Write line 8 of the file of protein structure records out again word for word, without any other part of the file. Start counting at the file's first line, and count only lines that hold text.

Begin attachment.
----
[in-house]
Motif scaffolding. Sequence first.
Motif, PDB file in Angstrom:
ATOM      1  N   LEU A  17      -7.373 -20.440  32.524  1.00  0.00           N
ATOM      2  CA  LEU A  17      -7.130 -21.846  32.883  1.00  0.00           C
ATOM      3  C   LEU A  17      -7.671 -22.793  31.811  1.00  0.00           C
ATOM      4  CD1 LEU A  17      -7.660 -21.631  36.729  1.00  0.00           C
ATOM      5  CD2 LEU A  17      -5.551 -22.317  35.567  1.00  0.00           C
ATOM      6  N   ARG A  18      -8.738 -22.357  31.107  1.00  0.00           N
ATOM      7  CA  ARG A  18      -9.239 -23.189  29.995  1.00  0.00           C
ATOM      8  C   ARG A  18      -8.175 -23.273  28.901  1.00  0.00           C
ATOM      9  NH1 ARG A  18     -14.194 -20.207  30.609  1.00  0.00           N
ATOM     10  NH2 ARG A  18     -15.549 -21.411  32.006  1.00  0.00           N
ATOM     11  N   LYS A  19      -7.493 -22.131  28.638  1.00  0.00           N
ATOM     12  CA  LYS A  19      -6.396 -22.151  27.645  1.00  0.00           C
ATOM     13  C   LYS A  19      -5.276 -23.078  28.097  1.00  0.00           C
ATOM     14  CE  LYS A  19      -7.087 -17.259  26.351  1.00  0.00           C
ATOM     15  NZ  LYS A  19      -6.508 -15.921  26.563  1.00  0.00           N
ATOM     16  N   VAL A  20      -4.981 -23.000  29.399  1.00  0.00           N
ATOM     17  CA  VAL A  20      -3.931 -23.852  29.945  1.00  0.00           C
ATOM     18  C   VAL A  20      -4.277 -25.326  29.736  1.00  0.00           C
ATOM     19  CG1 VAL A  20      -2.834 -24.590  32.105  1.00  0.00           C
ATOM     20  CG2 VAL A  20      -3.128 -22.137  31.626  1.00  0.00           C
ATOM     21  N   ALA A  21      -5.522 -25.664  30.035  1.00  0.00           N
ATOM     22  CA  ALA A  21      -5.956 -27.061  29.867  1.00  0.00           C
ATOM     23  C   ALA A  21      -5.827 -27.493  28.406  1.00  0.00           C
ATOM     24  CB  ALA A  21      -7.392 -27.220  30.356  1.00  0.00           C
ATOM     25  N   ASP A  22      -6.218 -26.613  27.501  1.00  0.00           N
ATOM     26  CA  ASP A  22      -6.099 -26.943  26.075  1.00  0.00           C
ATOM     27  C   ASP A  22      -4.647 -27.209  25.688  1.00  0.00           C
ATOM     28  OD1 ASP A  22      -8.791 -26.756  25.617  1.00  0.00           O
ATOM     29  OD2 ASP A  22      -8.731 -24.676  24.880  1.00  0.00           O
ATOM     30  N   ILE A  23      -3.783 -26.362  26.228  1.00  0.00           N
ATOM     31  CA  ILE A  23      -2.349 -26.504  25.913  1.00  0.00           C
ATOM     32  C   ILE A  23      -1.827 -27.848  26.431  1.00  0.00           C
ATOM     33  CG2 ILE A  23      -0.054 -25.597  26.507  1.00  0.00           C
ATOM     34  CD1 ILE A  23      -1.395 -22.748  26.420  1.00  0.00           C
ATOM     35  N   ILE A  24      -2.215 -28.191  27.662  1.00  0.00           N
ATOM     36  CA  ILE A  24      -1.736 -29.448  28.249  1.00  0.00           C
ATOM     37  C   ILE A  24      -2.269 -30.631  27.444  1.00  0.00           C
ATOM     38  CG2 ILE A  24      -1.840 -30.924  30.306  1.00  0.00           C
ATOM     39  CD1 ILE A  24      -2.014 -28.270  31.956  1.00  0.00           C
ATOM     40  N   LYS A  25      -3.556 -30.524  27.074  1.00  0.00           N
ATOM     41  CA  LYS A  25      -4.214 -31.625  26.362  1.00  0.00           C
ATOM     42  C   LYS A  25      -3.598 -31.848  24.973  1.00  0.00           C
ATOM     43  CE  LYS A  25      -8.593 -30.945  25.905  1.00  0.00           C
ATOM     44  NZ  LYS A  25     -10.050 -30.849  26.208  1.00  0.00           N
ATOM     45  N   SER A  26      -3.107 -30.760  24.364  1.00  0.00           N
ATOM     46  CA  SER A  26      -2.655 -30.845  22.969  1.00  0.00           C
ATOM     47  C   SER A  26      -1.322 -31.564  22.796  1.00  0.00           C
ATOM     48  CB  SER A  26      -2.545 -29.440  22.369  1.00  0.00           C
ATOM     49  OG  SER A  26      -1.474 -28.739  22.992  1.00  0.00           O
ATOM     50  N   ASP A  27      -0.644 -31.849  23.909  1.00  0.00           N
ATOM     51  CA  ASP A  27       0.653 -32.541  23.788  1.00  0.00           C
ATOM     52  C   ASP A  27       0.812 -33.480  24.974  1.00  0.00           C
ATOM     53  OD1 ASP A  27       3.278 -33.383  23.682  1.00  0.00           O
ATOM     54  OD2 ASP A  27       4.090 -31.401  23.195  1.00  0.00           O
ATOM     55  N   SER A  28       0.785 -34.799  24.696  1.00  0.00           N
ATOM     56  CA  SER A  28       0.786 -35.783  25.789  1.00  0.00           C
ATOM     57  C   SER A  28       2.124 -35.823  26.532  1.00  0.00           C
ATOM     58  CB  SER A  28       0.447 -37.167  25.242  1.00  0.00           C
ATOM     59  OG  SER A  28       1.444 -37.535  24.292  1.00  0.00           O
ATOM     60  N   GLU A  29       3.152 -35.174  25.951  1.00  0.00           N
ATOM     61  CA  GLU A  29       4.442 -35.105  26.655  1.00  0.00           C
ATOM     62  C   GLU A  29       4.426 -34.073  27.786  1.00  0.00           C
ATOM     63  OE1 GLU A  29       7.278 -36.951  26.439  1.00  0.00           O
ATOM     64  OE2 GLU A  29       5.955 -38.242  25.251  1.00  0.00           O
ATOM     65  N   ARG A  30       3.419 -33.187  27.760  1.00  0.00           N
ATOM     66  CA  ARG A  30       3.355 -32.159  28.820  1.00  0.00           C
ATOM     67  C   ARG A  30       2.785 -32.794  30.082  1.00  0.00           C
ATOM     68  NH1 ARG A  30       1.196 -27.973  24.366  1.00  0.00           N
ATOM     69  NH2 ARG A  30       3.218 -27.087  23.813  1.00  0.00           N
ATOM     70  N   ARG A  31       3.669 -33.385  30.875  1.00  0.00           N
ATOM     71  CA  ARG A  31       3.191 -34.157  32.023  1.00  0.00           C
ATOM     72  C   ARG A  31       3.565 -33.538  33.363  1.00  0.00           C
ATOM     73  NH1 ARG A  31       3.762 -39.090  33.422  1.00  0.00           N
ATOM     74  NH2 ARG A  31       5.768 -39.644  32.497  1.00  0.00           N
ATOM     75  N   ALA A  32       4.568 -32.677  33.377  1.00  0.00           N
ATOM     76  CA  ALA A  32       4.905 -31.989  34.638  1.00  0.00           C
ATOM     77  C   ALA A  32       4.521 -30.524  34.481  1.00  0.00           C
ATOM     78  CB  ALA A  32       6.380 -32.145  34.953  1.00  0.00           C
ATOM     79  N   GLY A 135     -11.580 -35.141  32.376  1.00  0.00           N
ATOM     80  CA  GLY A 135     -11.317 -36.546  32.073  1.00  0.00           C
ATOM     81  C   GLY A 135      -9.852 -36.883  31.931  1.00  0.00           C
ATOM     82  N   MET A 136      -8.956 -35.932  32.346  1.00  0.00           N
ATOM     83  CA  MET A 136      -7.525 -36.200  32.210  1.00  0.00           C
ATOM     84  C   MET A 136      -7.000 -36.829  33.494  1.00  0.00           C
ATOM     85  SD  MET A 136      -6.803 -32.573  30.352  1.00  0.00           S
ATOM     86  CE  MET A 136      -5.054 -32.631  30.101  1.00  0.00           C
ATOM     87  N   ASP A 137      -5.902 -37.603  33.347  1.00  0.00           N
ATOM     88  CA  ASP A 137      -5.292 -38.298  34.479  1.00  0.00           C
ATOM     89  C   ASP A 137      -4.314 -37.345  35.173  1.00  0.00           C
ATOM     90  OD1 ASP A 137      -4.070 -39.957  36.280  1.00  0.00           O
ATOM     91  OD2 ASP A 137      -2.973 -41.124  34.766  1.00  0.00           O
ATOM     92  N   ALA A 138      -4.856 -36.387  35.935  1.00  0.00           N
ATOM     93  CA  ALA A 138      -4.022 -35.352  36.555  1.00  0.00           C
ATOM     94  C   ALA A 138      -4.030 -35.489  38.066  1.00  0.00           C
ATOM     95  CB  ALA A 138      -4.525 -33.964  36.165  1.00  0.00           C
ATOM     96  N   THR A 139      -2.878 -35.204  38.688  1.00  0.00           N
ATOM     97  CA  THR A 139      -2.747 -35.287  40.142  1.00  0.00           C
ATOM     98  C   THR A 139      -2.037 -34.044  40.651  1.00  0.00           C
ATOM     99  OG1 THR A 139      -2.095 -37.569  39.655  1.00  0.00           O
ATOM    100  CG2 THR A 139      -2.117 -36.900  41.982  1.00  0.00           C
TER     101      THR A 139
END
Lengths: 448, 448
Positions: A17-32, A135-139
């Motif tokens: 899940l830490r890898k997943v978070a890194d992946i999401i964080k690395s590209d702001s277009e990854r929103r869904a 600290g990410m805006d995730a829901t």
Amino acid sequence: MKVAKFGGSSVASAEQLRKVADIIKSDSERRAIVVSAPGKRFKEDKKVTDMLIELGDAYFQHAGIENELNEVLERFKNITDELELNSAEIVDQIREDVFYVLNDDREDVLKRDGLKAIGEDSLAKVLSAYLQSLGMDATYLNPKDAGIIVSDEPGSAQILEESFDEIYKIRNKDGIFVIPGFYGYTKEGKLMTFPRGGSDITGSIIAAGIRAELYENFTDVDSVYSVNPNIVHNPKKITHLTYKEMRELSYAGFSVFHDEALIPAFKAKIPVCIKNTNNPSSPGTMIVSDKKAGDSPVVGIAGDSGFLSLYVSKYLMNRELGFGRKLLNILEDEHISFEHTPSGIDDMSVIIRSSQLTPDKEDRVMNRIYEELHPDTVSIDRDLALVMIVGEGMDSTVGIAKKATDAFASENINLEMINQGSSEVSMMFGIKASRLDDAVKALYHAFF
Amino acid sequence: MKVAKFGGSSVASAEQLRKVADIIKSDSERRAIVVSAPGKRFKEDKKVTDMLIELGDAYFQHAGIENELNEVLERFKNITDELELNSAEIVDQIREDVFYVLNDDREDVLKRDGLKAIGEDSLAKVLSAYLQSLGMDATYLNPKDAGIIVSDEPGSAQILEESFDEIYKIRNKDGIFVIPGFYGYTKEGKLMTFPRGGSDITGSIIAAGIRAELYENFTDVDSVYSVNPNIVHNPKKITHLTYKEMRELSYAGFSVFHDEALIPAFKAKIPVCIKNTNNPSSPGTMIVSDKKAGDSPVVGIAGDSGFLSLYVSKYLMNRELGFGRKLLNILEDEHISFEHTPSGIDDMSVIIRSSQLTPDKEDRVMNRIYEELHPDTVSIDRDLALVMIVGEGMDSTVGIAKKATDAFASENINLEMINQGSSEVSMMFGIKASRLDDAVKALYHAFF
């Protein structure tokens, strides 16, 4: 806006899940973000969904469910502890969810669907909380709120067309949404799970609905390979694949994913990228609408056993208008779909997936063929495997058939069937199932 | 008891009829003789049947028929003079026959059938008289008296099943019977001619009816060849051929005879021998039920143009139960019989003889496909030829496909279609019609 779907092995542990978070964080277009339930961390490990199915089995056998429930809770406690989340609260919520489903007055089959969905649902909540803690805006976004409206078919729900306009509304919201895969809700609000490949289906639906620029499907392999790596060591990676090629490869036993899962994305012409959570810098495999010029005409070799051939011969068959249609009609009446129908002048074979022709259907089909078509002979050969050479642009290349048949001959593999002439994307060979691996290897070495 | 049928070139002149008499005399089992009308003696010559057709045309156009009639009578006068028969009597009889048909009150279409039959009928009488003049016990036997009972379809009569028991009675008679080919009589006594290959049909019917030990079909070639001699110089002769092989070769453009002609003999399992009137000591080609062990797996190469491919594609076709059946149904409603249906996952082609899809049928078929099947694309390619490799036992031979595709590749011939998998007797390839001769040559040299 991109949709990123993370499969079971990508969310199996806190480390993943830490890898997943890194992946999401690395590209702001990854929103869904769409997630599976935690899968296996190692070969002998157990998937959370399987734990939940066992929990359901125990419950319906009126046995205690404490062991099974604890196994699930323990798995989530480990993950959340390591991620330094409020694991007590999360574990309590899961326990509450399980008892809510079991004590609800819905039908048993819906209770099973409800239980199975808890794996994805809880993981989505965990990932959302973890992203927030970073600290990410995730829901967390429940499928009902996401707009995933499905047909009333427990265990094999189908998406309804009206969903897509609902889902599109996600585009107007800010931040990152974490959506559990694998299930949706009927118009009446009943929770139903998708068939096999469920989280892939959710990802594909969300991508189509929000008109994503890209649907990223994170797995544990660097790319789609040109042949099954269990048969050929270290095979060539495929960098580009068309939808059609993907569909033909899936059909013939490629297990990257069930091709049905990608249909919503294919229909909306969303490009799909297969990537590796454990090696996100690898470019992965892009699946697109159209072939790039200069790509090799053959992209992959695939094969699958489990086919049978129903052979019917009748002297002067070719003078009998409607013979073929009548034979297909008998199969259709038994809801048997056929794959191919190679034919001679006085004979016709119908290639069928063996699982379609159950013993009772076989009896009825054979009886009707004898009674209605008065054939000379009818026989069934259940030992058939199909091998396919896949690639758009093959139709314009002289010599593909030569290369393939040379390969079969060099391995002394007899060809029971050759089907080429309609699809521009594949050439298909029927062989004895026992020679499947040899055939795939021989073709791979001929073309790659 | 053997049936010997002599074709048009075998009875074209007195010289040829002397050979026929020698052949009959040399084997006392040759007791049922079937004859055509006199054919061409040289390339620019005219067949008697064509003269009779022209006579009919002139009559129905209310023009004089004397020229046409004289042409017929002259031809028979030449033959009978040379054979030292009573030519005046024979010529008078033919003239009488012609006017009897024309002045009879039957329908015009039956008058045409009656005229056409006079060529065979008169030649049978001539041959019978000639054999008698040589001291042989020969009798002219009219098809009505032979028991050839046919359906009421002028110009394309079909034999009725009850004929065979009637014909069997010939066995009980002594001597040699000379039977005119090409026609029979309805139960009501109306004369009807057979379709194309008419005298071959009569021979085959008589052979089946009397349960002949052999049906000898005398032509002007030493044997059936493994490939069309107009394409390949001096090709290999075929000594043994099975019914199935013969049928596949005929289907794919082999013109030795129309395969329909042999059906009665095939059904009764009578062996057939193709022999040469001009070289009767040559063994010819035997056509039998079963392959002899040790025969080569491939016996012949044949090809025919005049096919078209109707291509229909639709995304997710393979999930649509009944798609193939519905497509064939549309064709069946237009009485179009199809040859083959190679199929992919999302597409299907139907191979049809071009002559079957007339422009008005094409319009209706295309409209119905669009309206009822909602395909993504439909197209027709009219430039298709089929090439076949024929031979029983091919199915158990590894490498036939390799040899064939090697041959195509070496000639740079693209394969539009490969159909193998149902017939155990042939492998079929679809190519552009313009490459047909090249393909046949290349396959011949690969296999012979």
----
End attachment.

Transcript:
ATOM      5  CD2 LEU A  17      -5.551 -22.317  35.567  1.00  0.00           C